I struggle with this every, single year. The balance between being a taskmaster and building relationships with students. One way to think of classroom management, according to Lee Canter (Assertive Discipline) is that dealing with kids is like working with your bank account. Building relationships with kids can be seen as depositing money into your bank account. When you need to redirect a kid, or ask a kid to do something he or she doesn’t want to do, or if you need to have a negative interaction, you are making a withdrawal from your bank account. With most kids we can redirect and still have a positive balance, especially if the relationships are positive to begin with you will always have plenty in the bank to draw from if you ever need it. As long as there is a balance in your back account, the interaction with the student will work and remain a positive relationship. Funny thing (funny, no, that doesn’t really fit but I can’t think of a better way of starting this sentence) is that the ones that have the most money to draw from are the ones that you rarely need to make a withdrawal!
But what about those kids who need more redirection? You have to be careful because making a withdrawal when you have no money in your bank account leads to trouble. For these kids you need to make withdrawals more often and they have the least money in their accounts. The idea here is to build relationships with these kids too so that you have enough money to draw from when you need to redirect or ask them to do things they’d rather not do. The trick is knowing how much to deposit and whether or not it’s there when you need to withdraw it. Once you’re in a negative balance either the student will not comply with your requests or your relationship will be damaged. Making more deposits may become more difficult if you let your balance go into the negative too often.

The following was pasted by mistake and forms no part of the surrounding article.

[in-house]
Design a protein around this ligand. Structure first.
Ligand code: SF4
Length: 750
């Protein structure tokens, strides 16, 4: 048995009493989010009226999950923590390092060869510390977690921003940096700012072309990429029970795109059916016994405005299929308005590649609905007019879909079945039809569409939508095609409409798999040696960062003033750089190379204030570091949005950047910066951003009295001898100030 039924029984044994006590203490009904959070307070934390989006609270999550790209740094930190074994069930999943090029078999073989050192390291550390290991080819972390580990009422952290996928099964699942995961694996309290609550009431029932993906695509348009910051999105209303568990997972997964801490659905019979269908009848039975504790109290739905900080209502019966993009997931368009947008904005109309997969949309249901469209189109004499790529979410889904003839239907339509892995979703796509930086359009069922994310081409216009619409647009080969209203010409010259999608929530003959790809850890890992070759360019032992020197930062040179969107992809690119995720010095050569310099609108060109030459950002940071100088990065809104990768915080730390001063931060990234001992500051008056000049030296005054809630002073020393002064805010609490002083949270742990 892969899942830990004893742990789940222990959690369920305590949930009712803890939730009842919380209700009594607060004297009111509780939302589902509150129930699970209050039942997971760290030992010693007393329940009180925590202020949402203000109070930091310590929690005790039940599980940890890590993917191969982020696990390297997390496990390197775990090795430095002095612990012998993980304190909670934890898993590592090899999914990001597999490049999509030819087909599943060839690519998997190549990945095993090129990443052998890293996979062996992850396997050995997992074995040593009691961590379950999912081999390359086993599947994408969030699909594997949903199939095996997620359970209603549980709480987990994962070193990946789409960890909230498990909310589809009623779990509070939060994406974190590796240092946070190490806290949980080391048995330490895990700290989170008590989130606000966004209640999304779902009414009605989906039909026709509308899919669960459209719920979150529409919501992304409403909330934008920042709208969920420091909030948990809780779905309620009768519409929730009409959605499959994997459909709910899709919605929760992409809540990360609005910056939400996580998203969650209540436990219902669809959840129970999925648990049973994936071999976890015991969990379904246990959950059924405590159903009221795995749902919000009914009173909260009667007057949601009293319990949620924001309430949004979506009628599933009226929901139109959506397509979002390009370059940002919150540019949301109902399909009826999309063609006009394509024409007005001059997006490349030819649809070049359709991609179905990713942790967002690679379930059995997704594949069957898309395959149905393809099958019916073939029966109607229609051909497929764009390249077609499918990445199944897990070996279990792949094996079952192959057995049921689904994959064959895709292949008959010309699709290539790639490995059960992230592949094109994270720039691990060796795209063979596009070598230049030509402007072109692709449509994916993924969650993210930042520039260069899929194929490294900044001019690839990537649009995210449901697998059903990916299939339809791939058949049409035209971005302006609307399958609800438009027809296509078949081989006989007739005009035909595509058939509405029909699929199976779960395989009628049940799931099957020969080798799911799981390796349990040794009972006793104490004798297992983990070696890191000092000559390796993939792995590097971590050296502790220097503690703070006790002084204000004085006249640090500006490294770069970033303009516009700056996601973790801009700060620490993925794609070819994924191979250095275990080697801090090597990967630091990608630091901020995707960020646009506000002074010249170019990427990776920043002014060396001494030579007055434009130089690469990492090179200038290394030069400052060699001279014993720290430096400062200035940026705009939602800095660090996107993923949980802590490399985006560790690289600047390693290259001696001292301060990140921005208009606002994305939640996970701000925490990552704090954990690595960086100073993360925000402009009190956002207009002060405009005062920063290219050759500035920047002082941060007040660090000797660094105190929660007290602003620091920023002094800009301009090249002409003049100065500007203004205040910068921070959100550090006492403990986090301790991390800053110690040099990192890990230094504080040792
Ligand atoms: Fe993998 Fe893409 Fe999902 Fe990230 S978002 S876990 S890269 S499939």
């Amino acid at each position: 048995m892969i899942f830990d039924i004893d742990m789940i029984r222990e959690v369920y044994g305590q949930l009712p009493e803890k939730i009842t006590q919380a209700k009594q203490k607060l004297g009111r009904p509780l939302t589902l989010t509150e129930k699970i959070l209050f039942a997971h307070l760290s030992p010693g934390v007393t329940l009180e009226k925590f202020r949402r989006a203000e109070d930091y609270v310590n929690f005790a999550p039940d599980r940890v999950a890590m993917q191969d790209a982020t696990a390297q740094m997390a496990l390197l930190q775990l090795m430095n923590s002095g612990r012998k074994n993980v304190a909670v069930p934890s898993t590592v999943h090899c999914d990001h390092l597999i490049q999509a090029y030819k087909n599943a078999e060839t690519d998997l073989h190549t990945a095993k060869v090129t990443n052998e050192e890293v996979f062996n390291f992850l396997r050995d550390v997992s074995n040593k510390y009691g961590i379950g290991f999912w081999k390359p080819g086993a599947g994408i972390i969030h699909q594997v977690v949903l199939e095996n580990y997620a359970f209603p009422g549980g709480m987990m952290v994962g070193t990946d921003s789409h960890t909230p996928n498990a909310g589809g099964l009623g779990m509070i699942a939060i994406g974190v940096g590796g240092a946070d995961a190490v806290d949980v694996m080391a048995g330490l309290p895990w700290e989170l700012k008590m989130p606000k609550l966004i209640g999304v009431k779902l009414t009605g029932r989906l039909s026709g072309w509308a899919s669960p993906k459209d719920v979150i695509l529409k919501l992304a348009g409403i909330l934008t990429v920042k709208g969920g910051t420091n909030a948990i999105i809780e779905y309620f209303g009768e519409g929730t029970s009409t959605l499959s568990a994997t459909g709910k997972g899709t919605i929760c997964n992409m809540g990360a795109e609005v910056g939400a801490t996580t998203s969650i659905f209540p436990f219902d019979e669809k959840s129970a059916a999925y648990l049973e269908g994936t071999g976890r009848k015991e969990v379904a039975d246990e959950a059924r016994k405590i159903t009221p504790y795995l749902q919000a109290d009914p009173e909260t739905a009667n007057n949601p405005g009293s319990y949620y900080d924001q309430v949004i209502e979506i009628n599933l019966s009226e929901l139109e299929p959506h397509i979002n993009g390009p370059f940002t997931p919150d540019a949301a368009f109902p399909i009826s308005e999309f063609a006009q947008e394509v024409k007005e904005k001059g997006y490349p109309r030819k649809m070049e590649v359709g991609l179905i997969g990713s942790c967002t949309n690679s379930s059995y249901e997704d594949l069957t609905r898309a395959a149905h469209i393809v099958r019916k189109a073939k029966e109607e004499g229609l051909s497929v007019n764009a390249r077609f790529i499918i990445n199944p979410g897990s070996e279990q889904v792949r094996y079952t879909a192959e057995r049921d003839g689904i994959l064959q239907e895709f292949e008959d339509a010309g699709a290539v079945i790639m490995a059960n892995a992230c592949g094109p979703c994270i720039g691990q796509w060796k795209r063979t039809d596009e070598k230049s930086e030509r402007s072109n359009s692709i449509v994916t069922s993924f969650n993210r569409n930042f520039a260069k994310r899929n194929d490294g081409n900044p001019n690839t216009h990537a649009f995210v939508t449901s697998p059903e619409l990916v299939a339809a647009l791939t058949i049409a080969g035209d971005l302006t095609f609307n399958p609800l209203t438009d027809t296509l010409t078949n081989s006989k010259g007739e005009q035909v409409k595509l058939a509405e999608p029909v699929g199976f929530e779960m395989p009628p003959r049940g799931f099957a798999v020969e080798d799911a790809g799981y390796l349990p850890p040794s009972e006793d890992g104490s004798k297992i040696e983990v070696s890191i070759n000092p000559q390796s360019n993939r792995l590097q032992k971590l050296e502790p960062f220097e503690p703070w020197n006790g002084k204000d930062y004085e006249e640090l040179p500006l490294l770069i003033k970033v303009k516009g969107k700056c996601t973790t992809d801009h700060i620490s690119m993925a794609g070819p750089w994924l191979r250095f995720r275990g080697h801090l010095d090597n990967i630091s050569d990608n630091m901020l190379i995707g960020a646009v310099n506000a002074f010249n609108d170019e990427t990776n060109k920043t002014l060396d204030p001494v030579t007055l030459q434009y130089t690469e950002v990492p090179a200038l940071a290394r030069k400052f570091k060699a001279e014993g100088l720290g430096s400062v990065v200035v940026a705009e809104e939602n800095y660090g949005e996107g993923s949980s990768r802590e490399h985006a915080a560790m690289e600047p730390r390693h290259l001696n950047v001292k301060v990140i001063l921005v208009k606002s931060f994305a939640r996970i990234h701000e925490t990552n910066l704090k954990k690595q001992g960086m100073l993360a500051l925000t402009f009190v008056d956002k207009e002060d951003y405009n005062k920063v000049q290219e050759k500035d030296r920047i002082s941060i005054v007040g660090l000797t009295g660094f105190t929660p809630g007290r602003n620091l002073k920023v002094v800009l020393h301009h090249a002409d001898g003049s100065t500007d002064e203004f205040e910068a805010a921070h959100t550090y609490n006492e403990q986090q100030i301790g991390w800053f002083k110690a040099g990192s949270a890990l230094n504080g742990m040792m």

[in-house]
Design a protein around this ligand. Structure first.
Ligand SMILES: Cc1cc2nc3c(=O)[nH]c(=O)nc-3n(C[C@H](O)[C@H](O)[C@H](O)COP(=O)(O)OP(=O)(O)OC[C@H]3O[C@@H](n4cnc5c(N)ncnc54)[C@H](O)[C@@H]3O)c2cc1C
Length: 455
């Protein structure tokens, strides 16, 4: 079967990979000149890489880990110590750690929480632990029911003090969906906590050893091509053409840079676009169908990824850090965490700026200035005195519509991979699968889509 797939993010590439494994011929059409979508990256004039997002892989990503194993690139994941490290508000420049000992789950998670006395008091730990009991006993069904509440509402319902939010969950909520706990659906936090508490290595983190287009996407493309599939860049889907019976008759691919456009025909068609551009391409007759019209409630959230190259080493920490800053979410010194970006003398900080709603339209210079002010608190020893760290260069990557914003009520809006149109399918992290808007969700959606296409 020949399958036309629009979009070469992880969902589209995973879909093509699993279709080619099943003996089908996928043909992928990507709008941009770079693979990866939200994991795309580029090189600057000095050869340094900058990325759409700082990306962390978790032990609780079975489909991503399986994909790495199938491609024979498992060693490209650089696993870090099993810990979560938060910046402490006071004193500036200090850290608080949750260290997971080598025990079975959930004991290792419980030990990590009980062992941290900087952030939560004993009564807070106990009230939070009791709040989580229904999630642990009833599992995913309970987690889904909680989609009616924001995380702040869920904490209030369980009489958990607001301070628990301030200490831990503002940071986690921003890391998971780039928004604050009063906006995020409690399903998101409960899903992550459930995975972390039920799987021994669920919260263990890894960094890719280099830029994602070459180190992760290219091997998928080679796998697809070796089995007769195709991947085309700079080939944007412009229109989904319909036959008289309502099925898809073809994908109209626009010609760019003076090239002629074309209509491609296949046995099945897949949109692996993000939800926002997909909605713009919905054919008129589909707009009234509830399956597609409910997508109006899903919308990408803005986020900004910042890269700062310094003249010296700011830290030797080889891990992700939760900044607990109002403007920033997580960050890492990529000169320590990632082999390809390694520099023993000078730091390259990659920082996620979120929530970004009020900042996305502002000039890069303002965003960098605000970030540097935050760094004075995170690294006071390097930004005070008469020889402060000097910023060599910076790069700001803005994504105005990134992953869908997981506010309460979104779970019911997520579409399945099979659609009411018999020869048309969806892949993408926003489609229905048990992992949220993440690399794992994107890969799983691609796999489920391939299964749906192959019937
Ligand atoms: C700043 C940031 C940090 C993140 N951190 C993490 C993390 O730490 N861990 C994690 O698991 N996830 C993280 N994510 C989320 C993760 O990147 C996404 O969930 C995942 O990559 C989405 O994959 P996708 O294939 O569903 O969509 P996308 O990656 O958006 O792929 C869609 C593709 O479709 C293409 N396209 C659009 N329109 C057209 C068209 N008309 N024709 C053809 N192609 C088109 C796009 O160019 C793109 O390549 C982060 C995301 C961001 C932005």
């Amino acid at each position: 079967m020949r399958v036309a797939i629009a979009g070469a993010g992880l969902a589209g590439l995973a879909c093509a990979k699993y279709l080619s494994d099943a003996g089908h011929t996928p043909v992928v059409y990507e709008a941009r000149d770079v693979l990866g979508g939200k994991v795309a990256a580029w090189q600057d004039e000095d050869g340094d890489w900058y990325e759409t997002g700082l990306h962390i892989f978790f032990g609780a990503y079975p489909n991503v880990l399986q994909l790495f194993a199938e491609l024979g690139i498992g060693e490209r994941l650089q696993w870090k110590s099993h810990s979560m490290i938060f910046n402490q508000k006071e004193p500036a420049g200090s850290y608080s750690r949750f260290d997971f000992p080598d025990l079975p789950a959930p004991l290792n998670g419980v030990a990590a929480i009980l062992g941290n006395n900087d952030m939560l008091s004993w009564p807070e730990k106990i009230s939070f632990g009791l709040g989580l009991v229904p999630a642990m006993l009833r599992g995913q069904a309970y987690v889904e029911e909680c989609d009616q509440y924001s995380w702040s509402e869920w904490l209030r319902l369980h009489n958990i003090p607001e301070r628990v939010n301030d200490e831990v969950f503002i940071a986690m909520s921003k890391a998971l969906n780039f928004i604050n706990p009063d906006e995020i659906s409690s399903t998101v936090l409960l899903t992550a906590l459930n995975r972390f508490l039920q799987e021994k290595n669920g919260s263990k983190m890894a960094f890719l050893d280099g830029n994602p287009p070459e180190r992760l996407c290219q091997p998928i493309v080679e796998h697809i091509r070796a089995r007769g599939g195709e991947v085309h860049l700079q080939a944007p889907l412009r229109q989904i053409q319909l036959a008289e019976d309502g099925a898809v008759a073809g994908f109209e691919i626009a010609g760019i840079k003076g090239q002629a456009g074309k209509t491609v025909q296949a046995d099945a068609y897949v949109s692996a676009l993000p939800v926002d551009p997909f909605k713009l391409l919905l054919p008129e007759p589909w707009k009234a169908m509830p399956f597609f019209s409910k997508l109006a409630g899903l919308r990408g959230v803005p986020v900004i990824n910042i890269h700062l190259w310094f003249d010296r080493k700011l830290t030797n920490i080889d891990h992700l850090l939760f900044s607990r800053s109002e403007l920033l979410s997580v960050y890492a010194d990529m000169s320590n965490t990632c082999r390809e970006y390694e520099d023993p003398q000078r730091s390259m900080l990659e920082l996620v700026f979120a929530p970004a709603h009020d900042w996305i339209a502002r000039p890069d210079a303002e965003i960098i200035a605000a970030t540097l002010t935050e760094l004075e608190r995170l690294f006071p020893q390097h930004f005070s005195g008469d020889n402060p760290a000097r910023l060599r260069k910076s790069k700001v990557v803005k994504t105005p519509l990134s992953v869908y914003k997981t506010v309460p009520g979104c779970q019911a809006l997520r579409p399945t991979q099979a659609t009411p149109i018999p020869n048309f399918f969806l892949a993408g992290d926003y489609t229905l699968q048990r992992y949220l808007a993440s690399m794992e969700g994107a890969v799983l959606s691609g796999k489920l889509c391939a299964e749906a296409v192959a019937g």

I find my interactions with students to be positive for the most part. Sure there are times when I redirect if I feel kids are socializing too much or doing things that are not appropriate for a Science classroom full of young people. For the most part, those redirections work just fine. I have money in the accounts to draw from. With some students the redirection becomes a balancing act. How do I know when I’ve tried to withdraw too much? In other words, how much can I ask of a student, how much can I prod and ask for work or different, more appropriate behavior for our space and time before he or she has had enough? That is the balancing act that happens for teachers all the time. We ask a student to get back on task, to stop throwing the ball in class, to stop annoying her teammates, to clean up her mess, etc and if she doesn’t we might ask what’s wrong or why not or we might just ask her to change her behavior again. Sometimes that’s okay. I’ve withdrawn just enough and the student changes her behavior and may even get back to work and learn something. Sometimes I will withdraw too much and the student shuts down or gets angry.
Right on the spot we try to deposit some funds into that bank account! How can I help? What can I do? What’s wrong? I try to see how I can help the student. Always the balancing act of how much can I ask of my students before I reach the limit and have withdrawn just enough. It’s much easier to build relationships, or make deposits. I listen as my students tell me about their day. I tell them about my day. We just chat sometimes and laugh together and genuinely enjoy each other. At that point I walk away and check in with other students. But eventually I have to come back and notice that no work is getting done or that some behavior really isn’t appropriate for our time and space. Then what? Do I withdraw what I just deposited?
So I wonder everyday, during every class, how much do I build relationships and how much do I keep my students on task? It’s a balancing act and sometimes I withdraw just the right amount, and some days I try to withdraw too much. Then I have to make sure to deposit some money before I make my next withdrawal.
How much do you build relationships versus keep kids on task? And do the new standards and high stakes tests make you feel guilty when you do spend time building relationships?